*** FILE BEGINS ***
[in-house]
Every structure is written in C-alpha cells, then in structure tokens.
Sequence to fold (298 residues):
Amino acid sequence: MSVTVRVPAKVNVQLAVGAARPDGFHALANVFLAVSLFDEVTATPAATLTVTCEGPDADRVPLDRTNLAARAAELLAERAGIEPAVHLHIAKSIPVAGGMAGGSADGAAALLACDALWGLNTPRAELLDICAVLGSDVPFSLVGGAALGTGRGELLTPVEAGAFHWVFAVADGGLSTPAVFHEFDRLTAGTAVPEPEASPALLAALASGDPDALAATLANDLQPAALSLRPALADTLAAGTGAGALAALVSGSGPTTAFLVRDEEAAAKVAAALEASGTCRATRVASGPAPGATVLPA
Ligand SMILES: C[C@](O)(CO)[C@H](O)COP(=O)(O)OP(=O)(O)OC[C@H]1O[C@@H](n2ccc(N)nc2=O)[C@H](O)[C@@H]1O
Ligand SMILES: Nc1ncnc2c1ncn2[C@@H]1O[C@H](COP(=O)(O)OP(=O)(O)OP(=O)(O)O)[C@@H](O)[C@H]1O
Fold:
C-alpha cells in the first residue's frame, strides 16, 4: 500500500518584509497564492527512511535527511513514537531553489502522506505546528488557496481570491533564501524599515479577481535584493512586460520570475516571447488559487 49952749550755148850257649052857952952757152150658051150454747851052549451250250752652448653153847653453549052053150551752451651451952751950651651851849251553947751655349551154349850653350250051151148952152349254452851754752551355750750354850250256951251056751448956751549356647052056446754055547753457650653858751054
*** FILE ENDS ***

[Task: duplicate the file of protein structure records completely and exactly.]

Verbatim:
[in-house]
Every structure is written in C-alpha cells, then in structure tokens.
Sequence to fold (298 residues):
Amino acid sequence: MSVTVRVPAKVNVQLAVGAARPDGFHALANVFLAVSLFDEVTATPAATLTVTCEGPDADRVPLDRTNLAARAAELLAERAGIEPAVHLHIAKSIPVAGGMAGGSADGAAALLACDALWGLNTPRAELLDICAVLGSDVPFSLVGGAALGTGRGELLTPVEAGAFHWVFAVADGGLSTPAVFHEFDRLTAGTAVPEPEASPALLAALASGDPDALAATLANDLQPAALSLRPALADTLAAGTGAGALAALVSGSGPTTAFLVRDEEAAAKVAAALEASGTCRATRVASGPAPGATVLPA
Ligand SMILES: C[C@](O)(CO)[C@H](O)COP(=O)(O)OP(=O)(O)OC[C@H]1O[C@@H](n2ccc(N)nc2=O)[C@H](O)[C@@H]1O
Ligand SMILES: Nc1ncnc2c1ncn2[C@@H]1O[C@H](COP(=O)(O)OP(=O)(O)OP(=O)(O)O)[C@@H](O)[C@H]1O
Fold:
C-alpha cells in the first residue's frame, strides 16, 4: 500500500518584509497564492527512511535527511513514537531553489502522506505546528488557496481570491533564501524599515479577481535584493512586460520570475516571447488559487 49952749550755148850257649052857952952757152150658051150454747851052549451250250752652448653153847653453549052053150551752451651451952751950651651851849251553947751655349551154349850653350250051151148952152349254452851754752551355750750354850250256951251056751448956751549356647052056446754055547753457650653858751054